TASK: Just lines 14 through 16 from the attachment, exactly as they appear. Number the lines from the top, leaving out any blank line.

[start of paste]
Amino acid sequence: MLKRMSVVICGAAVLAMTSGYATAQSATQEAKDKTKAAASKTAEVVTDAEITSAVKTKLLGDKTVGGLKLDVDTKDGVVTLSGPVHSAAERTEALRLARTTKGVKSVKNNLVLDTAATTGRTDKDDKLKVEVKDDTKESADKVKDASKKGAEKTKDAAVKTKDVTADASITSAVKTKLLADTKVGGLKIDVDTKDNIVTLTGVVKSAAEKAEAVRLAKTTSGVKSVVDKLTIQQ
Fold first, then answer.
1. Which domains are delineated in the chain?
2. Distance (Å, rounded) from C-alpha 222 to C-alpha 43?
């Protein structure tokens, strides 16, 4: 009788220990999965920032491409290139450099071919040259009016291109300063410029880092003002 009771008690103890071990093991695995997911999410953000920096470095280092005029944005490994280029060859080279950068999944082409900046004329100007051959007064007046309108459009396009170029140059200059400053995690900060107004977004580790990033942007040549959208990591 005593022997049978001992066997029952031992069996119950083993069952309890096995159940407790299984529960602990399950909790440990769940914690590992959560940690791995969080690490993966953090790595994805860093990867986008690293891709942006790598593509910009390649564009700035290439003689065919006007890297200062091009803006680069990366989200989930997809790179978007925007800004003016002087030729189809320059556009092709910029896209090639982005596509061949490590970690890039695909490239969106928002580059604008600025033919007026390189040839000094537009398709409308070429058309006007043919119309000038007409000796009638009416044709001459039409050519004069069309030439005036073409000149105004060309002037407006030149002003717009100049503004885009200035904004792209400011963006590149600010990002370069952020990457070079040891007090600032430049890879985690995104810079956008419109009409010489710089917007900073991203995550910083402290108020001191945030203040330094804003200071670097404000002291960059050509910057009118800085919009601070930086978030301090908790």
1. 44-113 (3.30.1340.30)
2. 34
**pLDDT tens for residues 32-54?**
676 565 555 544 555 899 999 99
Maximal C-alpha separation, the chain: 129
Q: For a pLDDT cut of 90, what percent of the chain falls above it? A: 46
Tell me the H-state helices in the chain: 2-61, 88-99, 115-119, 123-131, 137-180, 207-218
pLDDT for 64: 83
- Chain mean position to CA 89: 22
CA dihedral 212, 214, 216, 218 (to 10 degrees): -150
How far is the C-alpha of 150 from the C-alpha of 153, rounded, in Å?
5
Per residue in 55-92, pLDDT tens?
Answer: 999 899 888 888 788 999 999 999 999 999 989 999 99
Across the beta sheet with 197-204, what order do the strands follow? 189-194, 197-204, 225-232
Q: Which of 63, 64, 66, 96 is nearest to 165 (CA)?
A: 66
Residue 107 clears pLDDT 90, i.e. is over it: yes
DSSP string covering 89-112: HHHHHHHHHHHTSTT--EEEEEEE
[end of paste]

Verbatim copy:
- Chain mean position to CA 89: 22
CA dihedral 212, 214, 216, 218 (to 10 degrees): -150
How far is the C-alpha of 150 from the C-alpha of 153, rounded, in Å?